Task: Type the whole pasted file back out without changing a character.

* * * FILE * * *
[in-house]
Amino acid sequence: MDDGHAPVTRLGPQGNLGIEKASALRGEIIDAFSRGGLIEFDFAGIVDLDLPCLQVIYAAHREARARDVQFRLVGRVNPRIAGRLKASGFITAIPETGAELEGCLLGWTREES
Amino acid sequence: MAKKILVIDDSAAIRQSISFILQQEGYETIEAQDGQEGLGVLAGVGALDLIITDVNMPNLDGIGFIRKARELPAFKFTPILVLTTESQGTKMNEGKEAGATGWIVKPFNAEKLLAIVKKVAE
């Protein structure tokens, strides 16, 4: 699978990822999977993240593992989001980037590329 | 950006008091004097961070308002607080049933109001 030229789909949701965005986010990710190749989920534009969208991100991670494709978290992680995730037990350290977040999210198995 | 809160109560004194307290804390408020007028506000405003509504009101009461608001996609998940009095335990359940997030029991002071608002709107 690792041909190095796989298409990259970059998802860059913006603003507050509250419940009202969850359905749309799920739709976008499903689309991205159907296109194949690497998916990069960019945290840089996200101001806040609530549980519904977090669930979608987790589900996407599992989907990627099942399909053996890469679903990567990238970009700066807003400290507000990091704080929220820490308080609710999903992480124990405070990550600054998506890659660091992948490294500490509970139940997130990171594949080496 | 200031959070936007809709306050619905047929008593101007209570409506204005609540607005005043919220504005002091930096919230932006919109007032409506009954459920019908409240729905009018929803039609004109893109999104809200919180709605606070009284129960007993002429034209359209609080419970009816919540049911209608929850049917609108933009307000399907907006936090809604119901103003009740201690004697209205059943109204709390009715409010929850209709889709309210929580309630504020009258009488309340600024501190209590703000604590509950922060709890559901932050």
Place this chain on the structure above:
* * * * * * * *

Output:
[in-house]
Amino acid sequence: MDDGHAPVTRLGPQGNLGIEKASALRGEIIDAFSRGGLIEFDFAGIVDLDLPCLQVIYAAHREARARDVQFRLVGRVNPRIAGRLKASGFITAIPETGAELEGCLLGWTREES
Amino acid sequence: MAKKILVIDDSAAIRQSISFILQQEGYETIEAQDGQEGLGVLAGVGALDLIITDVNMPNLDGIGFIRKARELPAFKFTPILVLTTESQGTKMNEGKEAGATGWIVKPFNAEKLLAIVKKVAE
């Protein structure tokens, strides 16, 4: 699978990822999977993240593992989001980037590329 | 950006008091004097961070308002607080049933109001 030229789909949701965005986010990710190749989920534009969208991100991670494709978290992680995730037990350290977040999210198995 | 809160109560004194307290804390408020007028506000405003509504009101009461608001996609998940009095335990359940997030029991002071608002709107 690792041909190095796989298409990259970059998802860059913006603003507050509250419940009202969850359905749309799920739709976008499903689309991205159907296109194949690497998916990069960019945290840089996200101001806040609530549980519904977090669930979608987790589900996407599992989907990627099942399909053996890469679903990567990238970009700066807003400290507000990091704080929220820490308080609710999903992480124990405070990550600054998506890659660091992948490294500490509970139940997130990171594949080496 | 200031959070936007809709306050619905047929008593101007209570409506204005609540607005005043919220504005002091930096919230932006919109007032409506009954459920019908409240729905009018929803039609004109893109999104809200919180709605606070009284129960007993002429034209359209609080419970009816919540049911209608929850049917609108933009307000399907907006936090809604119901103003009740201690004697209205059943109204709390009715409010929850209709889709309210929580309630504020009258009488309340600024501190209590703000604590509950922060709890559901932050």
Place this chain on the structure above: